Report: Use ODF, Save 550 Million

The Danish debates about open standards continues. Over at Ingeniøren, we are covering the development extensively and continuously, but only in Danish. On Monday, we brought a story with roughly the same title as this entry’s title.

The story is about the so-called Rambøll-report, which is a report about the costs related to switching to open standards for document formats in the Danish government. The report is made by Rambøll Management, a Danish consultancy, on behalf of The Danish Open Source Business Association (OSL).

The report establishes three scenarios for the development:

Scenario 1: Microsoft Office and ECMA Office Open XML. Would cost 380 million kroner over 5 years with migration to MS Office 2007; 105 million kroner if using current versions with plug-in.

Scenario 2: OpenOffice.org and ODF. Would cost 255 million kroner over 5 years, covering all migrations costs plus already existing MS licence costs until outphased.

Scenario 3: Microsoft Office (with plug-in) and ODF. Would have only marginally higher costs than in scenario 1.

The Open Source Business Association Rambøll Management estimates that the whole of government (including local government) could save 550 million kroner by migrating to OpenOffice.org and ODF. That’s around 94 million US Dollars. Quite a lot of money for a small country like Denmark.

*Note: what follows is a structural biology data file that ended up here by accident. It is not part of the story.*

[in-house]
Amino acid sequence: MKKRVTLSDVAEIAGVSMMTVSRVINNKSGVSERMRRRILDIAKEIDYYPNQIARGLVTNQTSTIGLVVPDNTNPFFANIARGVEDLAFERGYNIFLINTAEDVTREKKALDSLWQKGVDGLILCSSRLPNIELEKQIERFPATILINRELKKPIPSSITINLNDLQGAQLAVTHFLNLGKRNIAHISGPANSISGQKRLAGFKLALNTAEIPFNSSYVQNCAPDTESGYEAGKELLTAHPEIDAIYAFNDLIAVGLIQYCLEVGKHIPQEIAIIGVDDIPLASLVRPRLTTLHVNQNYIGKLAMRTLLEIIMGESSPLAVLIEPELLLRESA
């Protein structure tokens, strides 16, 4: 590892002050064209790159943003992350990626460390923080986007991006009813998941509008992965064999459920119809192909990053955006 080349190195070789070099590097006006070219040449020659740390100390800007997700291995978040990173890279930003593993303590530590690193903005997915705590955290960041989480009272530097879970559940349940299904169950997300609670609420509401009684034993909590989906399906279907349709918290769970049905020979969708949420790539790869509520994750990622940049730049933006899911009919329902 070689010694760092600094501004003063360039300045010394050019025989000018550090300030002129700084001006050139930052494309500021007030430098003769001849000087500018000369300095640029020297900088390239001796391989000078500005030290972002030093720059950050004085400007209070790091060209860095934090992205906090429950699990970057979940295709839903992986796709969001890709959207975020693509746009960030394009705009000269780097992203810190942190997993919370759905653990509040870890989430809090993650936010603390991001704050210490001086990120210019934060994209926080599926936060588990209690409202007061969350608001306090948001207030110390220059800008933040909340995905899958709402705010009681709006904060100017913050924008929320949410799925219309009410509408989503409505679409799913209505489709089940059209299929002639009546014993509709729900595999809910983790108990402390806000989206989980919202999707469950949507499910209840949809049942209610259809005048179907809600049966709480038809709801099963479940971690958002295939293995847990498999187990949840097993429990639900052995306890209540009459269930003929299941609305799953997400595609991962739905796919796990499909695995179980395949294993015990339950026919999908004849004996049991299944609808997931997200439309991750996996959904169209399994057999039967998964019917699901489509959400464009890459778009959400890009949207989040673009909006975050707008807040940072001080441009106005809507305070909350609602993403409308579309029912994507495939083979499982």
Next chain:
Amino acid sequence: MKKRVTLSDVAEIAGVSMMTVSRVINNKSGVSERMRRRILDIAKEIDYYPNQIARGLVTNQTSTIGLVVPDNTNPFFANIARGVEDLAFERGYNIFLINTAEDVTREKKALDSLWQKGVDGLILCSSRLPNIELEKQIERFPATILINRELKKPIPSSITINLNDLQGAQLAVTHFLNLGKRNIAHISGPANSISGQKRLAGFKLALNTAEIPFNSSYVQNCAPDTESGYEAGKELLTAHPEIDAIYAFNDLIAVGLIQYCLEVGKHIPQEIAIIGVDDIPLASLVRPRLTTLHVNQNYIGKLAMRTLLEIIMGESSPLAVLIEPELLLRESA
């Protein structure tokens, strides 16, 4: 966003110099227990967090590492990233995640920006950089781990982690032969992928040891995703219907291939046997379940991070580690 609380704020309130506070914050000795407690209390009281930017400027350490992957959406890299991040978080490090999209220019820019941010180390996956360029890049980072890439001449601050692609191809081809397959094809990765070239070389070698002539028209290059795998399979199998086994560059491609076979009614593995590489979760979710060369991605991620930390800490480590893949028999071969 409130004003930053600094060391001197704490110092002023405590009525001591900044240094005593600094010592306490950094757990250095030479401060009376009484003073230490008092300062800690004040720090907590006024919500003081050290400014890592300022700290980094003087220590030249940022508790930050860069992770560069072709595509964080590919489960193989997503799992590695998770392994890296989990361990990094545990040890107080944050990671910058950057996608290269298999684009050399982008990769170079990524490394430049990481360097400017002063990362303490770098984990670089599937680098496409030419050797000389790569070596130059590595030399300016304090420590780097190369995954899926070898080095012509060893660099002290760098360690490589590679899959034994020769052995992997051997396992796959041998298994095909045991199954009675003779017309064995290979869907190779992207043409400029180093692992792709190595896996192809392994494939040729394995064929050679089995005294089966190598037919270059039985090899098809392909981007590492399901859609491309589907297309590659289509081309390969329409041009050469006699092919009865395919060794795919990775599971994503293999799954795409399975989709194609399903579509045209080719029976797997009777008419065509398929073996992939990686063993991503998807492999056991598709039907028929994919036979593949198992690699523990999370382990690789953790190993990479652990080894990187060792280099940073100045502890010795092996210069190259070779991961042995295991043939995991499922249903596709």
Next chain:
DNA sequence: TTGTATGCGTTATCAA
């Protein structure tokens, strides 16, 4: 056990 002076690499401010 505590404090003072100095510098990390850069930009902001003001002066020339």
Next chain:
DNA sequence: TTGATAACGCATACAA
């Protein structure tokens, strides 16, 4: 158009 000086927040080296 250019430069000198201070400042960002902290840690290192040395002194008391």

Three politicians from Parliament, Morten Helveg, Morten Messerschmidt and Anne Grete Holmsgaard, participated in the press conference about the report on Monday. These three were the driving forces behind B103, the Parliamentary decision about open standards. All three expressed satisfaction with and support to the report’s recommendations. Messerschmidt even offered to personally bring it over to the Minister of Finance, who on Tuesday will present the Annual Budget.

There are no official comments from Government. Last week, a governmental committee published a report about interoperability. That report recommended a number of initiatives, but was also criticised for being indecisive on many issues, for example those related to document formats. The Parliament Order states that government must use open standards, and sets January 1, 2008 as a deadline for the implementation. “It’s hardly time to be indecisive now”, as Morten Helveg commented.

In an unsurprising move, Microsoft Denmark totally dismissed the Rambøll-report. They were also the first to comment on the governmental report, which they found good and constructive.

Update: By request of Rambøll Management, we brought an update. Their report only speaks about the state, and they will not draw conclusions for the complete public sector. The $ 94 million figure is suggested by the Open Source Business Association, based on data from IDC.

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5 Comments.

  • […] By way of Bob Sutor’s blog, I read John Gotze account on how Denmark can save a lot of money if it goes down the Open Document Format path. […]